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Jack Graham

Jack Graham wrote about Doctor Who and Marxism, often at the same time. These days he co-hosts the I Don't Speak German podcast with Daniel Harper.Support Jack on Patreon.

6 Comments

  1. ScarvesandCelery
    December 18, 2015 @ 10:32 am

    For the First Section I had a moment of “huh, this is Jack Graham doing a Jane Campbell essay.” Then the Marxist critique kicked back in a big way.
    This was a cool essay.

    Reply

  2. Jane Campbell
    December 18, 2015 @ 2:21 pm

    I love how this explains Dialectics in terms of Doctor Who. So, in thinking about this in terms of production of the show, would the realm of idealists kind of be like writers and the realm of materialists be like directors?

    Reply

  3. Daibhid C
    December 19, 2015 @ 8:06 pm

    I’m not sure, but I feel like maybe Lance Parkin’s excellent novel The Three Doctors: McGann Remix fits here somewhere? I’m thinking of the scene where the Doctor’s reaction to Ohm’s idealist world is that the opposite of matter is “doesn’t matter”.

    Reply

  4. Roderick T. Long
    December 20, 2015 @ 6:05 am

    “Omega was originally going to be called OHM.”

    I wish Finn’s callsign in STAR WARS had been OHM. Then we could have had the line “I’m Ohm; I’m with the Resistance.”

    “Non-fiction identifies the person whose claims are to be evaluated. Fiction doesn’t.”

    On the Purva-Mimamsa interpretation, the Vedas have no author (extradiegetically, but presumably diegetically also) and yet are nonfiction. How would you take that?

    “Stalinism (or ‘Marxism-Leninism’ as it was fatuously misnamed) became a dead, dogamatic, doggerel Marxism.”

    As i see it, what Stalinism did to Marxism, Marxism did first to authentic revolutionary leftism. Marxism is the theory, Kronstadt is the practice.

    Reply

  5. Anton B
    December 29, 2015 @ 12:47 pm

    Permit me a mad fan theory conflating the Chair Agenda with dialectical materialism.

    Even Omega, in spite of himself, is a force for change – and it’s because of his actions, ironically enough, rather than his ideas. This isn’t historical materialism in that there’s no class struggle (though it’s valid to read Omega as working class because he’s described as an engineer with a duty…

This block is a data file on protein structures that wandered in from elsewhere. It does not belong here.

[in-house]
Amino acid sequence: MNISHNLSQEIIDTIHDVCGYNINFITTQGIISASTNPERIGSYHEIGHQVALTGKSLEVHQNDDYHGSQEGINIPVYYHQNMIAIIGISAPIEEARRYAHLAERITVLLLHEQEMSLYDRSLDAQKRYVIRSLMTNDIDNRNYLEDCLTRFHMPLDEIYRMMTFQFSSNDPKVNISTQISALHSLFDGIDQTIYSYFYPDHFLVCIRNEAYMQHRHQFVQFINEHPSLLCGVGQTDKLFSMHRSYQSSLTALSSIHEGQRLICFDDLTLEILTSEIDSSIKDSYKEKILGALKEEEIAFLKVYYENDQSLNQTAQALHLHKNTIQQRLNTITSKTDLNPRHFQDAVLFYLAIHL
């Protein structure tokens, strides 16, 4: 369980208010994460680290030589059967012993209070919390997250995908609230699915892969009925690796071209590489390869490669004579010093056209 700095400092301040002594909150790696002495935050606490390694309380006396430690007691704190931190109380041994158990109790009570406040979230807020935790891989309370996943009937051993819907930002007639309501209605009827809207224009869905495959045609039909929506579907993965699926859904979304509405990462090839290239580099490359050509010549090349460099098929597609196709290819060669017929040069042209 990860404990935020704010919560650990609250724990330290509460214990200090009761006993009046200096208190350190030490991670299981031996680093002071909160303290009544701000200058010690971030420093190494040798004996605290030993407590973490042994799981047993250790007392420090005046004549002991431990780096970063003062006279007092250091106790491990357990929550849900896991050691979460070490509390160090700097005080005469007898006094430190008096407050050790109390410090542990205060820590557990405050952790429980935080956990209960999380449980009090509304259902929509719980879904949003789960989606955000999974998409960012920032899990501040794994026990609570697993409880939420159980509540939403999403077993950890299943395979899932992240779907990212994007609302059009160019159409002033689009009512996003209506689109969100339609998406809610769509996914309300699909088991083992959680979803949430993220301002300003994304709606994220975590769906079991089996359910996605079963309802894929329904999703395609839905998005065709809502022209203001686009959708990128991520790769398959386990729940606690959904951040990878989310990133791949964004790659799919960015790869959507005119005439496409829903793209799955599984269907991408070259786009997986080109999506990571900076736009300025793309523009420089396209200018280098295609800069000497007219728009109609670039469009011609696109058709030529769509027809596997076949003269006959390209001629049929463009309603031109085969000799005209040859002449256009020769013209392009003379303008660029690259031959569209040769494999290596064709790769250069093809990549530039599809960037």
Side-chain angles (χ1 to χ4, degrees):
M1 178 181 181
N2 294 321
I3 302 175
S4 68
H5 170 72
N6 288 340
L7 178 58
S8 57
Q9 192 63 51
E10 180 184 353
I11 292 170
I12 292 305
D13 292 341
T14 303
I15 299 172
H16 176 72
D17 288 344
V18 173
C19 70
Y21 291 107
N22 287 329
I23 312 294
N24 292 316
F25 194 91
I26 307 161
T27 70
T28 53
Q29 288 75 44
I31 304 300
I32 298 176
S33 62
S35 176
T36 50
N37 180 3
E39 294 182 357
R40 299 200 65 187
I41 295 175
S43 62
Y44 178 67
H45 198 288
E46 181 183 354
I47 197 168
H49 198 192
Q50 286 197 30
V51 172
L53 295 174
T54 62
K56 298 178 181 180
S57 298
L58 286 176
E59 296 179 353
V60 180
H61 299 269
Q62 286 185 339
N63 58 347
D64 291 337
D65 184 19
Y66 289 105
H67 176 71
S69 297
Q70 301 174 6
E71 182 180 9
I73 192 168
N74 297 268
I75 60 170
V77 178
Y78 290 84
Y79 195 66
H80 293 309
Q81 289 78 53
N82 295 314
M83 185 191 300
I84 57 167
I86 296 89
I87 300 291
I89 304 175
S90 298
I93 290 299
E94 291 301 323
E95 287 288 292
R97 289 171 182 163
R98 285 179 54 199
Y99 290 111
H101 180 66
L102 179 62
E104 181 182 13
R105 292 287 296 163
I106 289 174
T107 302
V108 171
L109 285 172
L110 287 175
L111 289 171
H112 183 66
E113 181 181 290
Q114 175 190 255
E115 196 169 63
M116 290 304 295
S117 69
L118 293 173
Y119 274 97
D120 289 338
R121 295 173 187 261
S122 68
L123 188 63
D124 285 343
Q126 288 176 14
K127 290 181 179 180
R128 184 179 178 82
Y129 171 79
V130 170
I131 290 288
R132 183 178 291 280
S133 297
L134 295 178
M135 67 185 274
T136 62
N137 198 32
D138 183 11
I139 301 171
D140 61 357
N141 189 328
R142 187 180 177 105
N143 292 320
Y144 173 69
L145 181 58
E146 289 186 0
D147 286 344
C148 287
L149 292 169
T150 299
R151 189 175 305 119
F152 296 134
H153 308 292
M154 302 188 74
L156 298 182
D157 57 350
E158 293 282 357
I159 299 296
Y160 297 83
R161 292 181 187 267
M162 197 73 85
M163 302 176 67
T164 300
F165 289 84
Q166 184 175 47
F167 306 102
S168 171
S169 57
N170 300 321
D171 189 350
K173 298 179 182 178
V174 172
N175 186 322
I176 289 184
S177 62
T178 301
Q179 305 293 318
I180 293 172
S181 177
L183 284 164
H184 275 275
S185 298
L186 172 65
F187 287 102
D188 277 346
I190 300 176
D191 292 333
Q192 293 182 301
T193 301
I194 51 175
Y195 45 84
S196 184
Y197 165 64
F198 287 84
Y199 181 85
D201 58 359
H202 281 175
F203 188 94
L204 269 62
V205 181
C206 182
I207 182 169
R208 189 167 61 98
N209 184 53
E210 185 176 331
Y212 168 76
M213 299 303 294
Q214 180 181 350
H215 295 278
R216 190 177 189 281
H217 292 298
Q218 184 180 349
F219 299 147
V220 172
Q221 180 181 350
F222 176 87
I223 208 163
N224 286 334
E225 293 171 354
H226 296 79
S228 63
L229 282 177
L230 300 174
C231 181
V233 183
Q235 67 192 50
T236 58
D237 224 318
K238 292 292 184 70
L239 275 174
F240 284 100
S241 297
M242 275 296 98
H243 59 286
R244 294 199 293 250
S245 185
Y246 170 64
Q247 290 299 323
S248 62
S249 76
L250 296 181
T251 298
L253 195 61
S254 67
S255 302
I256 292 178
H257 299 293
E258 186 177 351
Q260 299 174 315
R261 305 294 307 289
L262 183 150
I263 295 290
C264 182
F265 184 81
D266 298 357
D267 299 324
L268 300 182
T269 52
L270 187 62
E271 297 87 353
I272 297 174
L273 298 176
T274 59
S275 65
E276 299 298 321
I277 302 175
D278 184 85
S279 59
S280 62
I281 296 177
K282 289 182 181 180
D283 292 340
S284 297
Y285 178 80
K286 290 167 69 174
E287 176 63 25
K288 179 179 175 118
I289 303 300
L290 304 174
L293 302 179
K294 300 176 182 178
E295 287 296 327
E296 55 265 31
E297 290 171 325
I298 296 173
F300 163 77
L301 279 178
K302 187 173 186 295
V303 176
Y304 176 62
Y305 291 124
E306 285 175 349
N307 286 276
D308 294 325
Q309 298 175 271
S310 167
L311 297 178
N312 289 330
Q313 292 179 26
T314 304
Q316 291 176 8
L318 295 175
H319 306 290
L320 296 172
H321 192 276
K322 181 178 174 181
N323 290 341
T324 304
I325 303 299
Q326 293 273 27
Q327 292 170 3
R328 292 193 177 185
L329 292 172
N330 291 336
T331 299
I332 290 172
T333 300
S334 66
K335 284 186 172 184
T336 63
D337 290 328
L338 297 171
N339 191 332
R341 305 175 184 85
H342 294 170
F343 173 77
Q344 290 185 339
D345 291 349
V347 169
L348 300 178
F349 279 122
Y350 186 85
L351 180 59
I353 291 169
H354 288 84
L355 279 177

…the disempowering of human agency through the elevation of ideas above and beyond actual people.
    This is what Omega represents. This is why the chair he conjures with a thought is just a comfy, opulent detail inside a prison.

    DOCTOR: What do you know?
    PERKINS: Well, I know that when I find a man fiddling with a chair that someone died in, it’s best to play my cards close to my chest.
    DOCTOR: Really? Well, I know that when I find a man loitering near a chair that someone died in, I do just the same.
    PERKINS: Perkins. Chief Engineer.
    DOCTOR: The Doctor. Nosey Parker.
    PERKINS: (chuckles) Pleased to meet you, Doctor.
    (They shake hands.)
    PERKINS: Course, there’s a rumour that someone or some thing else might be responsible.…

    …DOCTOR: Someone of immense power and influence has orchestrated this whole trip. Someone who I have no doubt is listening to us right now. So, are you going to step out from behind the curtain and give us our orders?
    PERKINS: The engines. They’ve stopped.
    (In a flurry of electronic activity, the 1920s railway carriage decor is replaced by a high-tech laboratory.)

    Mummy on the Orient Express

    Omega the engineer is Perkins is Gus.

    Reply

    • Anton B
      December 29, 2015 @ 12:49 pm

      Seriously. Fantastic essay Jack. Much food for thought, thanks.

      Reply

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